More drones are filling up the sky each day. Whether used for surveillance, capturing a unique angle at a concert, racing, or delivering packages, it seems there isn’t much that these buzzing, unmanned flying creations can’t do.
Just take a quick trip down the rabbit-hole of YouTube and you’ll see drones being used in just about every situation you can think of. In fact, over the recent holiday, I even saw a video where a guy used a drone to create a feast. (It actually worked decently… if you don’t mind all the cleanup.)
And in the world of manufacturing, two companies have joined forces to ease the dangerous tasks of compliance and inspection — that’s right, with drones.
Companies Infor and Drone Aviation Corp. (DAC) have designed a way to solve industry challenges by enabling safe, efficient asset management and maintenance.
The Drone Enterprise Asset Management System (DEAMS) can provide complete, efficient and safe asset and maintenance management, according to a report released by Infor and DAC.
Vice-president of Infor Federal, Wayne Bobby, says utilizing drones could revolutionize the way organizations manage their infrastructure and maintenance.
“Our customers operate in increasingly complex ecosystems, many of which include shrinking budgets and aging infrastructures that rely heavily on the way assets and resources are managed,” he said.
With a drone’s ability to perform functions such as perch and stare, video capture and laser scanning, the technology could replace many of the dull, dirty and dangerous tasks currently handled by personnel.
“Innovative uses of technology have and continue to transform the way we perform work,” Bobby said. “The work drones are displacing are much of the mundane and, in some cases, dangerous work. They also require less support equipment needed for large building and infrastructure.”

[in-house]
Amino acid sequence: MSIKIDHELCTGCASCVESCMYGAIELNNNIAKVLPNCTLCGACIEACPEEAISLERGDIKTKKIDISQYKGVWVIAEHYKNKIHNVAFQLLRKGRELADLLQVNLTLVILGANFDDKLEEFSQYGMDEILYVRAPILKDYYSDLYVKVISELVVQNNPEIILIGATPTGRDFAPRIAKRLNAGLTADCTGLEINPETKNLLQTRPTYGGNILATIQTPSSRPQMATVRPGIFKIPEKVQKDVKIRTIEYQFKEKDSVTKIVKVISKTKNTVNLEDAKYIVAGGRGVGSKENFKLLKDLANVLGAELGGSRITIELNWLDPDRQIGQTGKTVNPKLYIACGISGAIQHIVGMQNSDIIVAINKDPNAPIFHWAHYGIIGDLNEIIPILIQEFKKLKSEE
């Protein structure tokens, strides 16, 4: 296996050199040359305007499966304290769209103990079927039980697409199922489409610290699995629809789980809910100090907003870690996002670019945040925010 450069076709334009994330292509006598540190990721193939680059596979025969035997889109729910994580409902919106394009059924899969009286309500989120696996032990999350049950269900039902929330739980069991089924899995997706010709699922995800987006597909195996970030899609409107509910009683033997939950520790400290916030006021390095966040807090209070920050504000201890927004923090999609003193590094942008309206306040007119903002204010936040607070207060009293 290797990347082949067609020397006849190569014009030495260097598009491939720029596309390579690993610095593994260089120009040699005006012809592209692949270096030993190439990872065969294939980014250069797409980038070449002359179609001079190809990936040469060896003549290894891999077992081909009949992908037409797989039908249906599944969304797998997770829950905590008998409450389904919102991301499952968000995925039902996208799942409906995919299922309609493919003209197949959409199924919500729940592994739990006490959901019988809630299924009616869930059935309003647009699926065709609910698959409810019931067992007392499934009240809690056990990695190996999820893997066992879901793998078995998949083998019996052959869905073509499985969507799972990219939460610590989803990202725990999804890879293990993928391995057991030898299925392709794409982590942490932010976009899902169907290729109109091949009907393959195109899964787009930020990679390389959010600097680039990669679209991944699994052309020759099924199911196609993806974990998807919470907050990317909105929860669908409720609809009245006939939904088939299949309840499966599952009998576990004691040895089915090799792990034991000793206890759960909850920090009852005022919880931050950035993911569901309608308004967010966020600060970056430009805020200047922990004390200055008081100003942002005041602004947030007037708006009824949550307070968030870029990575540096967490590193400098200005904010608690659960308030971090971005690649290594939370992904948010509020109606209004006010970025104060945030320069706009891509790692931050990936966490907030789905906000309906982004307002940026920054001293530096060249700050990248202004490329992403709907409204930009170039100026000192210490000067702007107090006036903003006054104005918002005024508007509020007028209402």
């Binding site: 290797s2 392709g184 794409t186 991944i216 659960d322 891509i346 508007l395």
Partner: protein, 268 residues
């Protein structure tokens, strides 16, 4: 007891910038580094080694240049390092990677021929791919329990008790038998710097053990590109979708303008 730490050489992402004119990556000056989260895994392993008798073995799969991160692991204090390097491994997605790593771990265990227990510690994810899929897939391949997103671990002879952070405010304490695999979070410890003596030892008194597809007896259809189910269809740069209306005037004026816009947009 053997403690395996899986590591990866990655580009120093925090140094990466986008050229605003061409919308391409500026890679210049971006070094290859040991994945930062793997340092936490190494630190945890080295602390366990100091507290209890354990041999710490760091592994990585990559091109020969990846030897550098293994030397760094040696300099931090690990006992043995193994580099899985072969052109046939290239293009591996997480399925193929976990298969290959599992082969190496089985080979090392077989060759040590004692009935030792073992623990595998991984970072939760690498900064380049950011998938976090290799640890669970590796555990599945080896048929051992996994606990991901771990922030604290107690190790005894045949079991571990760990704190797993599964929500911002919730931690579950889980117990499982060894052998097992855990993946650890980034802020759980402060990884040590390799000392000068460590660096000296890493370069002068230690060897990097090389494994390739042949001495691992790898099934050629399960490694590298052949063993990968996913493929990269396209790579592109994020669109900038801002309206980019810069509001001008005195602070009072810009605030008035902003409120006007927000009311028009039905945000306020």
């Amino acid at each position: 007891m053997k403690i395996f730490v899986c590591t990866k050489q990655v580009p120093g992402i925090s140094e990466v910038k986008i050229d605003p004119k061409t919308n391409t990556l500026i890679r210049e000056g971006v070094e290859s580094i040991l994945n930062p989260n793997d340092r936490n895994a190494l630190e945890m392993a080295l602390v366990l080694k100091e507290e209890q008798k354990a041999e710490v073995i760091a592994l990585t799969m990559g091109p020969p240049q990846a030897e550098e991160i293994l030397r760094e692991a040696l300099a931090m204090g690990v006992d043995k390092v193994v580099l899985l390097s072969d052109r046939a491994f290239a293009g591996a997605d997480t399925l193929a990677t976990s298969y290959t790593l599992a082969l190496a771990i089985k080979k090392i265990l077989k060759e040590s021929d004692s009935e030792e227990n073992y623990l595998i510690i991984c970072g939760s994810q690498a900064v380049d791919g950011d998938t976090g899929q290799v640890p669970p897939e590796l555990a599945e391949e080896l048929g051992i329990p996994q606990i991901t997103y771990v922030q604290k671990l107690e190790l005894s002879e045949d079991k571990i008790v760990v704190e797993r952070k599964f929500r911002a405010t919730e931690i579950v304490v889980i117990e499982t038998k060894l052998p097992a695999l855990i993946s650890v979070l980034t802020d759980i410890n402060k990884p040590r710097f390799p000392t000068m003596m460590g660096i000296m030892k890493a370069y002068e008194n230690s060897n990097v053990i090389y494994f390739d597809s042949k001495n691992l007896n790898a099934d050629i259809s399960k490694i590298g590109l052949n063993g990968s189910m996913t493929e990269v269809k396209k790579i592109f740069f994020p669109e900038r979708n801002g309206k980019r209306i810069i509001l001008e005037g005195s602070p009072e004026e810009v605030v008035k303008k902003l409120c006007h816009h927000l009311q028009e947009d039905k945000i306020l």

Bobby said information provided by Departments of Transportation (DOT) in various states have shown a 75 percent labor cost decrease when using drones for inspection.
“But since the labor costs for drone operations is a higher labor category, the final labor cost reduction will likely be 50 percent,” he said. “This shift also provides advancement opportunities for maintenance personnel and more effective assignment of maintenance staff.”
Bobby says the drone market is fast-moving. He estimates that by the end of 2017, people should see the technology being used in a more wide-spread manner — especially in inspection, maintenance and asset management.
Using drones — especially tethered drones which allow for extended flight times — could allow active plant inspections without shutting down ongoing production, Bobby says.
“This can be a very large savings to these plants,” he continued. “Also, even when shut down for inspection, they are so much faster than normal inspection, the cost goes down as fewer hours/days are required.”
Bobby stated that most drone training can be completed in four to five days and includes a FAA Part 107 remote pilot certificate.
“After training there will be a few weeks to a month of learning curve build up,” he said. “But shorter down time for inspection could repay this in only one plant operation.”
Bobby says it has been seen repeatedly that once drone technology is in the hands of the end user, the technology is used in ways not dreamed of by the drone developers.
“Our DEAMS offering is one such example, where we combined the flexible utility of drones with a robust enterprise management application,” he said.